I won’t spend any time here talking about how you should manage your investing, because Tom and Paul do that in The Palm Beach Letter. But I will say this: The kind of stocks they recommend are the only kind that appeal to me. Every other stock investing strategy I’ve encountered (and I’ve been in the financial publishing business for more than thirty years) makes me uncomfortable.
The recommendations that you get every month from Tom and Paul in The Palm Beach Letter are designed to give you an average, long-term return of 10%-15%. This might seem paltry to people who dream of doubling and tripling their money in the market every year, but those kinds of investors almost always end up broke. And making 10%-15% on your money over the long term will give you terrific results.
But–and this is a very big but–you won’t get wealthy this way unless you invest enough money.
In other words, investing alone can’t make you rich. So if you can afford to invest only a few thousand dollars a year, you will not get rich even if you make 15% a year for forty years. To fill your investing bucket, you need to invest more than that–and if you can’t invest more than that right now, you need to generate more income so you can.
That brings us back to the metaphorical well that represents your yearly income–the well you’re going to use to fill all three of your buckets.
Your Golden Well
If your income isn’t sufficient to fill all three buckets, you have only two options: You must increase the flow from the well you have, and/or you must dig some new wells.
You can increase the income from your primary well (your job) by becoming a more valuable employee. I have written on this subject in several of the books I published under the pen name Michael Masterson. The one I recommend is Automatic Wealth for Grads… and Anyone Else Just Starting Out.
If you can become a more valuable employee, you should. But you may also want to create other streams of income.
One possibility would be to invest in rental real estate. If you decide to do that, it will become–after you have paid down the mortgages–its own well, pumping liquid gold to you every year thereafter.
Another option would be to start a side business and let your spouse or a relative run it. If you are interested in doing that, I recommend Ready, Fire, Aim, another book I wrote as Michael Masterson.
The Palm Beach Income system could be another well for you in the future.
Here’s the point: If the income you are earning is insufficient to achieve your wealth-building goals, you should NOT try to get there by taking on more risk with your stocks. Instead, work hard to create more income.
The Only Strategy You Need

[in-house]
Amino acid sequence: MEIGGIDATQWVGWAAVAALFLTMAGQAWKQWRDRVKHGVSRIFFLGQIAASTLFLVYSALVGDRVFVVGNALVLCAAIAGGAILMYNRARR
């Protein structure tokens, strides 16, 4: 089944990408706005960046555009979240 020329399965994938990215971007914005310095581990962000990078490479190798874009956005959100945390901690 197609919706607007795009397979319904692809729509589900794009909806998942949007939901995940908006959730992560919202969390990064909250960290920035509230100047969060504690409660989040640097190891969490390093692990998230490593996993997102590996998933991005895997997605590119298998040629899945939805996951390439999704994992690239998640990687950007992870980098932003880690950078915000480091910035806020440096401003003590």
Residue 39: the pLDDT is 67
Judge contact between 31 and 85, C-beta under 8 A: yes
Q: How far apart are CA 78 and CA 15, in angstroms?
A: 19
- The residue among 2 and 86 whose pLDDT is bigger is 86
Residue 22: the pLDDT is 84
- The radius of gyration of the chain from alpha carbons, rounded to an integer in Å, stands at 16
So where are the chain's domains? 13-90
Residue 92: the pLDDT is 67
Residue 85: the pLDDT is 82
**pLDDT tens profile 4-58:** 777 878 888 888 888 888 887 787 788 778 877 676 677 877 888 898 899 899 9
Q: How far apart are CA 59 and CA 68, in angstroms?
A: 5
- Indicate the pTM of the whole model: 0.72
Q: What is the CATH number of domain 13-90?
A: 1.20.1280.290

This simple system for managing money and building wealth can work for you if you commit yourself to it. As I said, it’s the system I used to build a net worth of more than $50 million–and it’s still working for me and everyone else I know who has tried it.
So today, spend the time it takes to establish your own approach to “living rich” now… and in the future. Make your spending bucket big enough to allow you to enjoy your life now, but small enough to enable you to fill up your saving and investing buckets quickly.
You don’t need to try any other wealth-building strategy. This one is infallible. The day you have your saving and investing buckets filled… you will have no reason to worry about money ever again.
You already know that it will work, don’t you? You know it will work because it is so simple. It is based on our two fundamental rules for building wealth: Never, ever lose money… and become wealthier every day.
If you are over forty, you have no doubt experienced how wrong 99% of the investment schemes out there are. You tried them and discovered they made you poorer, not richer. You are ready for something simple and true, a strategy you know in your bones will work.
When Tom and I started The Palm Beach Letter, we made a solemn promise. We vowed to tell the truth about building wealth, rather than exciting our readers with the myths and lies that dominate the investment media.
We are proud of what we are doing and confident that it will help you become wealthier. Our goal is not–and never will be–to make you a “clever” investor. We simply want to teach you how to become wealthy. If that’s what you want, you are in good company.[Ed. Note: Mark Morgan Ford was the creator of Early To Rise. In 2011, Mark retired from ETR and now writes the Palm Beach Letter. His advice, in our opinion, continues to get better and better with every essay, particularly in the controversial ones we have shared today. We encourage you to read everything you can that has been written by Mark.]